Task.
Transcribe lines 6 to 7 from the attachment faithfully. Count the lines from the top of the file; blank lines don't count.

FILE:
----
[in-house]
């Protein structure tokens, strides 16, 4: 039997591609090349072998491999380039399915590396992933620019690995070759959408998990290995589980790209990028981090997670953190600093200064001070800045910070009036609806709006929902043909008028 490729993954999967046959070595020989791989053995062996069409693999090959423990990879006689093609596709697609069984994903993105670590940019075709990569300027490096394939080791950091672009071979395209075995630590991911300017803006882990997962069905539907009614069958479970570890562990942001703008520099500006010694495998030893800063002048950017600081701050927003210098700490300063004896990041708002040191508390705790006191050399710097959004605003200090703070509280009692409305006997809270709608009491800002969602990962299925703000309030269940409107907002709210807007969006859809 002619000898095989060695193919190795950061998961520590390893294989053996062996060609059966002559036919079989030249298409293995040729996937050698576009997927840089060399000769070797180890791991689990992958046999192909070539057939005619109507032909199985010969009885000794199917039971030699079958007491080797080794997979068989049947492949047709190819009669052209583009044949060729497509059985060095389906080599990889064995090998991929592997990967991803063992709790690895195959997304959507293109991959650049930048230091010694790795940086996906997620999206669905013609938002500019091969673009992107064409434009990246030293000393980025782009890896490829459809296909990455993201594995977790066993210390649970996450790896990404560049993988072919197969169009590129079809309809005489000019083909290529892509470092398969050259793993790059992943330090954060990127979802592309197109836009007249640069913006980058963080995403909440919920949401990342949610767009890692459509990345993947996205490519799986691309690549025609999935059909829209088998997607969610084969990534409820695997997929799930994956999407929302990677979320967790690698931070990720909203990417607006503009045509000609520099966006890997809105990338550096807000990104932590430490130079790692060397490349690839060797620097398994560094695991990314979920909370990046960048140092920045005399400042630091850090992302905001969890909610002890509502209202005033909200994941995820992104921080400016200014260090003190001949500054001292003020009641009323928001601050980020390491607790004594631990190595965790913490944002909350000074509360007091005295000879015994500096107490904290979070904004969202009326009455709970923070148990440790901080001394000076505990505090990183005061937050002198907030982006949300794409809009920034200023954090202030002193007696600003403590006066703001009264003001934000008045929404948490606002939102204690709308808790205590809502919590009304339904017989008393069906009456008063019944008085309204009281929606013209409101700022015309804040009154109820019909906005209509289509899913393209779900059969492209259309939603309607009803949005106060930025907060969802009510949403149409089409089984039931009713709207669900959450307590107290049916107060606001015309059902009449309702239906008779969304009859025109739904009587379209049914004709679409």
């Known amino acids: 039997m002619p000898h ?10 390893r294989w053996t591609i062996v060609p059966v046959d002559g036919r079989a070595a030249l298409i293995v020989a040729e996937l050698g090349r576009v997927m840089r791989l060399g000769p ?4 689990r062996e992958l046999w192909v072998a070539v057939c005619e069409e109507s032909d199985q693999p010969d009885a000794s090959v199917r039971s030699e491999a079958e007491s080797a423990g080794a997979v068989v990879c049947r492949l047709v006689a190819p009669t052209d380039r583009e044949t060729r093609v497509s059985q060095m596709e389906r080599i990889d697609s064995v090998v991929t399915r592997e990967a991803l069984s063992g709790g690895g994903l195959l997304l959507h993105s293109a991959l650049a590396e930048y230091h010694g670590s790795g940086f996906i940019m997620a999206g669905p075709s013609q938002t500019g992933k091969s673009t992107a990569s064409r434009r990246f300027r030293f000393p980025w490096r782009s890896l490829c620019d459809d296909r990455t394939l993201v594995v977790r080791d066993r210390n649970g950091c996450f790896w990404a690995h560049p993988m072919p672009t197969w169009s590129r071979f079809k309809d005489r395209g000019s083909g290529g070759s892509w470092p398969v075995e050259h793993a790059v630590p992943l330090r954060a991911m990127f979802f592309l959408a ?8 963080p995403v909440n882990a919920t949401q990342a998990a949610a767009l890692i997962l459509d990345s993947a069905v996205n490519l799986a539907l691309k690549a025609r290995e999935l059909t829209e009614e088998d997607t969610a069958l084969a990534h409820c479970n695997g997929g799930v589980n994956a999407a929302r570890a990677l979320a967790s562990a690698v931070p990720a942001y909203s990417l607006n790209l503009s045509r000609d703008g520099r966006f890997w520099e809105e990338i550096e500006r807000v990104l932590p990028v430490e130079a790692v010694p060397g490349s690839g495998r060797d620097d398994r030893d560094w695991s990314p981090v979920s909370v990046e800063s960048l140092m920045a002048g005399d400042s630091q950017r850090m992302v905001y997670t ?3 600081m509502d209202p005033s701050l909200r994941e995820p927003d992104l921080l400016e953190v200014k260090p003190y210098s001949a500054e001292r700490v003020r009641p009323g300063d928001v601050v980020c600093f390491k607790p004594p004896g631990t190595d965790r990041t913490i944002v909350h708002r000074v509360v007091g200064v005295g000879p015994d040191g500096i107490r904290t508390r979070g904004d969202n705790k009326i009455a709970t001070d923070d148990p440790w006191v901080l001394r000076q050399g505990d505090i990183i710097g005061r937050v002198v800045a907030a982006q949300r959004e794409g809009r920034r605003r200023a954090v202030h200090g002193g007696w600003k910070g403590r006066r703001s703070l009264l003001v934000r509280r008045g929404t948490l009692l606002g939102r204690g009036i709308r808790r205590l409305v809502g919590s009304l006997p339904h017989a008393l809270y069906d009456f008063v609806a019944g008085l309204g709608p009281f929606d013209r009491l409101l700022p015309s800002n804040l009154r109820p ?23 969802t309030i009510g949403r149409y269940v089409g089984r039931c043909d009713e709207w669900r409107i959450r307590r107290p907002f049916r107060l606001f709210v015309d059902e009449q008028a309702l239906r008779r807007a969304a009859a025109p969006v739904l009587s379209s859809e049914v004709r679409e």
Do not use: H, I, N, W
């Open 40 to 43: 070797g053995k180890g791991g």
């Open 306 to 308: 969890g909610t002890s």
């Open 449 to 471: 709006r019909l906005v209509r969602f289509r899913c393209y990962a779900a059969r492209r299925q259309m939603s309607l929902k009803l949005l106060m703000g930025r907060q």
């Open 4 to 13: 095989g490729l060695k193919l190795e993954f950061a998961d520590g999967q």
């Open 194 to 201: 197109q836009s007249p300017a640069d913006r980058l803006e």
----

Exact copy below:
């Open 306 to 308: 969890g909610t002890s």
């Open 449 to 471: 709006r019909l906005v209509r969602f289509r899913c393209y990962a779900a059969r492209r299925q259309m939603s309607l929902k009803l949005l106060m703000g930025r907060q």